Finally, it’s truly disappointing that such a rich and detailed source of information should be used largely for car-based propaganda.  Reports like these aren’t really designed to help diagnose or solve problems, but simply to generate heat.  They’ll be used in predictably misleading ways by road-widening advocates.  More or bigger data doesn’t help us solve our problems when its filtered through this incomplete and biased framework.

Our reviews of previous Inrix Scorecards

In 2018, we lampooned the predictable alarmist tone of the congestion report:

Cue the extreme telephoto shots of freeways!

Wallow in the pity of commuters stuck in traffic because of all those other people!

Wail that congestion is getting worse and worse!

We noted that the 2017 Inrix report adopted a new and more expansive definition of congestion costs which further inflated its estimates.

Older studies like TTI, estimated dollar costs based on the additional time spent on a trip due to congestion: So if a trip that took ten minutes in un-congested traffic took a total of 15 minutes in a congested time period, they would monetize the value of the five minutes of additional time spent. The Inrix report appears to monetize the total value of time spent in congested conditions, i.e. anytime travel speeds fell below 65 percent of free flow speeds.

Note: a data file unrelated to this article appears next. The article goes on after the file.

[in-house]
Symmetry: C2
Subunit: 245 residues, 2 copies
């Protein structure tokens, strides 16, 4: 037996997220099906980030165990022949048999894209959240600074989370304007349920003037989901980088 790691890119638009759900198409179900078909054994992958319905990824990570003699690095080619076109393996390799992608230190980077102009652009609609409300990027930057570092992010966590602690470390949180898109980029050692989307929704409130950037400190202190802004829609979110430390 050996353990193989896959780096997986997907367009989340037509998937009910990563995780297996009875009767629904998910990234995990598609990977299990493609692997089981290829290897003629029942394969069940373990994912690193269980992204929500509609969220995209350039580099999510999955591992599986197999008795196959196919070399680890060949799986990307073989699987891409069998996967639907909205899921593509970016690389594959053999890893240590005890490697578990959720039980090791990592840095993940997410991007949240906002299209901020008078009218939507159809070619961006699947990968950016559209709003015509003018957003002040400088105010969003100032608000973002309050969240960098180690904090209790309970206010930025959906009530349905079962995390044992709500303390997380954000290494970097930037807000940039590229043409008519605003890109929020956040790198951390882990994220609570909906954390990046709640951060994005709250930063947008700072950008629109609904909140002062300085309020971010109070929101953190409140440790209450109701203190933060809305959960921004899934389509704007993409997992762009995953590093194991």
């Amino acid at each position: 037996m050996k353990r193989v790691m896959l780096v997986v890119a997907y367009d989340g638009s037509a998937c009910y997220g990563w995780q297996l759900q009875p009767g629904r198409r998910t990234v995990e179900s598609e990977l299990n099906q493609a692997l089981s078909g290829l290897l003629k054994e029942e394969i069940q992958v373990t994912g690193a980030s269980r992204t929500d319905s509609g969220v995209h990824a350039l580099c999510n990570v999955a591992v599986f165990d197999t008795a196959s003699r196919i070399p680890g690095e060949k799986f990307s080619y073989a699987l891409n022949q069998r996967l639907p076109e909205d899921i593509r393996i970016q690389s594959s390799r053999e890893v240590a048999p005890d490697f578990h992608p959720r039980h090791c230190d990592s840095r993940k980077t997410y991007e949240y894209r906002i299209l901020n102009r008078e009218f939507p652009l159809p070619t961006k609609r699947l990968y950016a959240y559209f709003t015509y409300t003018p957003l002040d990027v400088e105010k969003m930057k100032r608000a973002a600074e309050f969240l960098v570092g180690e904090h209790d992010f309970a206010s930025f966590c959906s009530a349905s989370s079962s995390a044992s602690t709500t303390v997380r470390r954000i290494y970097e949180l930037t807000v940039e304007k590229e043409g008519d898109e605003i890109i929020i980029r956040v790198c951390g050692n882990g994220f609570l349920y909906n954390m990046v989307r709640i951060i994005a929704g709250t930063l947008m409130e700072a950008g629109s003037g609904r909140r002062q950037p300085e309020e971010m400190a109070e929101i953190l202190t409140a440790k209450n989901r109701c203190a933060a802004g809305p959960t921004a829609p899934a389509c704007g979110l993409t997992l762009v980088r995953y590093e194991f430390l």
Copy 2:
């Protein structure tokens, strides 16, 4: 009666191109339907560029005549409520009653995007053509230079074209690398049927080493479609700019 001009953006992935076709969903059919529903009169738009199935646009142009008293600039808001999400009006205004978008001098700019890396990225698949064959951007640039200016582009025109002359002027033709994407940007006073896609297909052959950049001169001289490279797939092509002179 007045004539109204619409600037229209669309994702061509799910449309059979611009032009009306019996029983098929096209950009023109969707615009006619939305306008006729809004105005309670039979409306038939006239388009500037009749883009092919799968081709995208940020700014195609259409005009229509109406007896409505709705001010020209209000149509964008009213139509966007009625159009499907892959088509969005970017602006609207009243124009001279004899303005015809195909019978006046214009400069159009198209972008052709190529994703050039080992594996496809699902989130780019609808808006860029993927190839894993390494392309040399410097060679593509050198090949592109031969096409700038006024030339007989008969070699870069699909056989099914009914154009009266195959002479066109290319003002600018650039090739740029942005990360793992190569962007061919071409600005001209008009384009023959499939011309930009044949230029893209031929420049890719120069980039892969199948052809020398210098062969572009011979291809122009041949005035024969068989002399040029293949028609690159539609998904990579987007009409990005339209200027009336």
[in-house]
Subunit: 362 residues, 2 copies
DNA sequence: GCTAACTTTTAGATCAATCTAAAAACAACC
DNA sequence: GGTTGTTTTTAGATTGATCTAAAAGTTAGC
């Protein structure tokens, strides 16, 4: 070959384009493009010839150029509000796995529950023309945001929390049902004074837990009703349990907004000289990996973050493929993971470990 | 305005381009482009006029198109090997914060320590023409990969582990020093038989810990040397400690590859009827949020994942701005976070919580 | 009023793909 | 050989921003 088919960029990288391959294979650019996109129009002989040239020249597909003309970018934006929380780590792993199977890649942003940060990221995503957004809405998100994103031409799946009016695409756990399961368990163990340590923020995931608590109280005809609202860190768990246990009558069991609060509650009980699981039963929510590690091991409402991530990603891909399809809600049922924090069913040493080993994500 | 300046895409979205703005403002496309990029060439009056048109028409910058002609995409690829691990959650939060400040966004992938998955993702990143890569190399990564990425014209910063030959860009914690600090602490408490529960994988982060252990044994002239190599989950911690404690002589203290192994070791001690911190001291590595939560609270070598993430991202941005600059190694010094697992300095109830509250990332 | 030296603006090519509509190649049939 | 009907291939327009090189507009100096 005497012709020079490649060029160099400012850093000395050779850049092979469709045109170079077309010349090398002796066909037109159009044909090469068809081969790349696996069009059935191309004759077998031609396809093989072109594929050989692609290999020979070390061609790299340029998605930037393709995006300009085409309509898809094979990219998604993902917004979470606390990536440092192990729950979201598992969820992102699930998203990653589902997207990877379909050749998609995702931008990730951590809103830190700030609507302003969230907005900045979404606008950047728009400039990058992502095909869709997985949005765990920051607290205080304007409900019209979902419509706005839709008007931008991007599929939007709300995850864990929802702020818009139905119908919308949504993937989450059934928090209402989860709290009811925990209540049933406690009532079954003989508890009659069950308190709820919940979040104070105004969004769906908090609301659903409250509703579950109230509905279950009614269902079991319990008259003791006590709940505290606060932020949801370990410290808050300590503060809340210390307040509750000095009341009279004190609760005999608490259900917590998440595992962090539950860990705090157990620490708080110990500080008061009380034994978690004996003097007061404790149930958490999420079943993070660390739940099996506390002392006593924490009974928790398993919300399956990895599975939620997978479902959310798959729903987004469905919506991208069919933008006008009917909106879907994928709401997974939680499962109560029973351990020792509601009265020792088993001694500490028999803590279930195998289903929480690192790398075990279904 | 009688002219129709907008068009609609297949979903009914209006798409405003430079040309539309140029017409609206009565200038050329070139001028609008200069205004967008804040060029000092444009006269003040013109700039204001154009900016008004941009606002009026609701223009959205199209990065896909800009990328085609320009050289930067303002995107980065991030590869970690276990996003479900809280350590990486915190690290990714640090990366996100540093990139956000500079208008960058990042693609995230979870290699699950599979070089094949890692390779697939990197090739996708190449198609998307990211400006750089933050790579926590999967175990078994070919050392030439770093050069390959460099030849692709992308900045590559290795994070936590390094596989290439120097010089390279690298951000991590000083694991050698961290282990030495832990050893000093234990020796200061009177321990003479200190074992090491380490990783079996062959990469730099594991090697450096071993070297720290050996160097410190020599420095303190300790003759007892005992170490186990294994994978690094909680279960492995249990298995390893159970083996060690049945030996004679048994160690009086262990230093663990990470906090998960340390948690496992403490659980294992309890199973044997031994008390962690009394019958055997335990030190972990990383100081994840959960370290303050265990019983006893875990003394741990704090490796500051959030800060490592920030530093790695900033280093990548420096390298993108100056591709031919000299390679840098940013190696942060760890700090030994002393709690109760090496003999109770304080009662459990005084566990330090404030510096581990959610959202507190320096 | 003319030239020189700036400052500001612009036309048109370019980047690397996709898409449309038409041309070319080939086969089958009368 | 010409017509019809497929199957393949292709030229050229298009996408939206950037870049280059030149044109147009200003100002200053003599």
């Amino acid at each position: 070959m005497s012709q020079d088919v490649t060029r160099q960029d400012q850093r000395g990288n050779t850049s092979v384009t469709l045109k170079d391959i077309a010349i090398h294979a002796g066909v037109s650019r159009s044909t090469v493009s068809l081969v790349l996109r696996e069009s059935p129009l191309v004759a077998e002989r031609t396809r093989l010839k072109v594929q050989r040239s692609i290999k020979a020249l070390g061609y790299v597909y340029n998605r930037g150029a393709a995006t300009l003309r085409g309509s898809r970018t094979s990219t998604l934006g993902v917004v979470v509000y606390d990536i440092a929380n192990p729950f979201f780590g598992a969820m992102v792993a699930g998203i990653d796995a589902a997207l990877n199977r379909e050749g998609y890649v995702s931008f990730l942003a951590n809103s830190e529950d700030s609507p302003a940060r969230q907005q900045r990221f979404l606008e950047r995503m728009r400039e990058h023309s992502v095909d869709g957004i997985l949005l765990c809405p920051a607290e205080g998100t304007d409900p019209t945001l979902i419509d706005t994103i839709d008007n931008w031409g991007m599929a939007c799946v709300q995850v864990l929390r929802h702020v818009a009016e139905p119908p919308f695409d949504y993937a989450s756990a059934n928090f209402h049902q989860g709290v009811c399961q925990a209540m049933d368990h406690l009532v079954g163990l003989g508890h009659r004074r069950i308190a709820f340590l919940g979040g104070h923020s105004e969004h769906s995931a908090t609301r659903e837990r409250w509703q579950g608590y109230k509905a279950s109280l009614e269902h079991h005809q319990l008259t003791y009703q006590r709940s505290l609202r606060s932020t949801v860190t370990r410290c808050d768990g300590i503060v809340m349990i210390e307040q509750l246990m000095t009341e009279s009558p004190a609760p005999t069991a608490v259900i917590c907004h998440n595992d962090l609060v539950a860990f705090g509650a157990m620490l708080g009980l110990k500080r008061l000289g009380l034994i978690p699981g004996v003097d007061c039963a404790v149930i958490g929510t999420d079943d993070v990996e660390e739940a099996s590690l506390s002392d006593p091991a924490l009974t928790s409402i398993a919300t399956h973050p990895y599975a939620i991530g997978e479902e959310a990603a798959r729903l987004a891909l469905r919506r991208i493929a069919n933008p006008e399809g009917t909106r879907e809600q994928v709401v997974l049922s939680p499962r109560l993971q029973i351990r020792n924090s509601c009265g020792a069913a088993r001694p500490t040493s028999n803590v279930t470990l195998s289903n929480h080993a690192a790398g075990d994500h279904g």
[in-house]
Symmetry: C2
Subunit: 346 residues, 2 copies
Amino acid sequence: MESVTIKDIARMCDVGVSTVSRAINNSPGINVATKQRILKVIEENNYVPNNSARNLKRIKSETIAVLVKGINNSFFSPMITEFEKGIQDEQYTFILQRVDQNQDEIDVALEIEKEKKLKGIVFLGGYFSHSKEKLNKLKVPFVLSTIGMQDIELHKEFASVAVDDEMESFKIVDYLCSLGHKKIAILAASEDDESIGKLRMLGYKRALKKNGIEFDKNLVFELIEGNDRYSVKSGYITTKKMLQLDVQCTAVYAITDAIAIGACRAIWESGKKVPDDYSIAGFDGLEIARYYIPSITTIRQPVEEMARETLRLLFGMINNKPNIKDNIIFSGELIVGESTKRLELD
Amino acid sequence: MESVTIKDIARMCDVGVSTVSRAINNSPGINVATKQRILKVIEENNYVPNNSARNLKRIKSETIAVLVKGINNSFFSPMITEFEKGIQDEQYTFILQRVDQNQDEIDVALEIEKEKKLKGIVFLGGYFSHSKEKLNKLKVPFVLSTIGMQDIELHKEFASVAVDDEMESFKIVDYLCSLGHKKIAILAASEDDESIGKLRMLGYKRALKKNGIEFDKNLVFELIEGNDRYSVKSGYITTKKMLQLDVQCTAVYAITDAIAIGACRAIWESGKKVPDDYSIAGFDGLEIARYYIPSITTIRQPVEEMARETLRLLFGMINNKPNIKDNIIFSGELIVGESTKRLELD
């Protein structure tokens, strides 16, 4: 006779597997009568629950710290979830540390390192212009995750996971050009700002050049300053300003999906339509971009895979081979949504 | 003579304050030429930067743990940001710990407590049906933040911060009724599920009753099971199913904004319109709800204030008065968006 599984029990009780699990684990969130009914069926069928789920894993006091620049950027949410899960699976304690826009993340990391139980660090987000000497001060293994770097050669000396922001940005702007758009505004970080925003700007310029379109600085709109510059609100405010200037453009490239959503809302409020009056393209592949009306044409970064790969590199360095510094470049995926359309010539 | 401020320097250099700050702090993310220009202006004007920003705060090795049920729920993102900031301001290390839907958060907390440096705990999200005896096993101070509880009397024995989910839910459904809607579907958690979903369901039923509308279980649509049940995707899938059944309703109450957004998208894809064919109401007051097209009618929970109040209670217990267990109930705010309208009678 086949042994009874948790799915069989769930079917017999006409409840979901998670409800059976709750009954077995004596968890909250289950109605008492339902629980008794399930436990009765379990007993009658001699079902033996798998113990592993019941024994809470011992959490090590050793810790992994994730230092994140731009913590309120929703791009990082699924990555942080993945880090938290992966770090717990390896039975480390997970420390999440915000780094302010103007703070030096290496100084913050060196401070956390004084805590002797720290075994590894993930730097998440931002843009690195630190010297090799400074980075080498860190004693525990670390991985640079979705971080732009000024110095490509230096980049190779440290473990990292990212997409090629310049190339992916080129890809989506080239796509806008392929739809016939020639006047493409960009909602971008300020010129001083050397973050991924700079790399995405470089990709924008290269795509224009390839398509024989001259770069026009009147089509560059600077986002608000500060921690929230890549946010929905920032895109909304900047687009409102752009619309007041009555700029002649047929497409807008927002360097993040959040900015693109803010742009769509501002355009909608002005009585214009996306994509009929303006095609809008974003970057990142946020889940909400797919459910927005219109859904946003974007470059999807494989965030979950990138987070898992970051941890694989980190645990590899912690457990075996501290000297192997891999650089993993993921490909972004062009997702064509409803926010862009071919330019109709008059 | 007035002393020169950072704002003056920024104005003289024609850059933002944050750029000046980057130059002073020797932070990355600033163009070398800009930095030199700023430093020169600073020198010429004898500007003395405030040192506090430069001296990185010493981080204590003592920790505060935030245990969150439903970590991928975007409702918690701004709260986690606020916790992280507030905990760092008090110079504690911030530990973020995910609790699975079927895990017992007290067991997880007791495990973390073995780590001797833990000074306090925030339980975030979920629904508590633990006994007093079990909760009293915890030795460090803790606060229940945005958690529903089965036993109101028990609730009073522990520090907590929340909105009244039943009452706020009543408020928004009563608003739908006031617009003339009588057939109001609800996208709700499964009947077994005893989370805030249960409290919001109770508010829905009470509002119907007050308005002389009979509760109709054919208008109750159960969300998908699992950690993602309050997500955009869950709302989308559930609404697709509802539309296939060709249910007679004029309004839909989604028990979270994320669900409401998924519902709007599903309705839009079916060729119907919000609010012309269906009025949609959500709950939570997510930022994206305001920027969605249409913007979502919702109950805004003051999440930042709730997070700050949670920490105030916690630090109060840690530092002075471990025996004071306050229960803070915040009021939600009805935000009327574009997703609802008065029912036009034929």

In 2016, we gave the Inrix report card a “D” 

In 2015, we pointed out that the Inrix study had a number of contradictory conclusions, and that Inrix had “disappeared” much of its earlier data showing that high gas prices had demonstrably reduced traffic congestion in US cities.

For more information and analysis about the conceptual and methodological problems in these “congestion cost studies,” see our Reporter’s Guide.




A reporter’s guide to congestion cost studies

Reporters:  read this before you write a “cost of congestion” story.

Congestion cost studies are a classic example of pseudo-science:  Big data and bad assumptions produce meaningless results

Using this absurd methodology, you can show: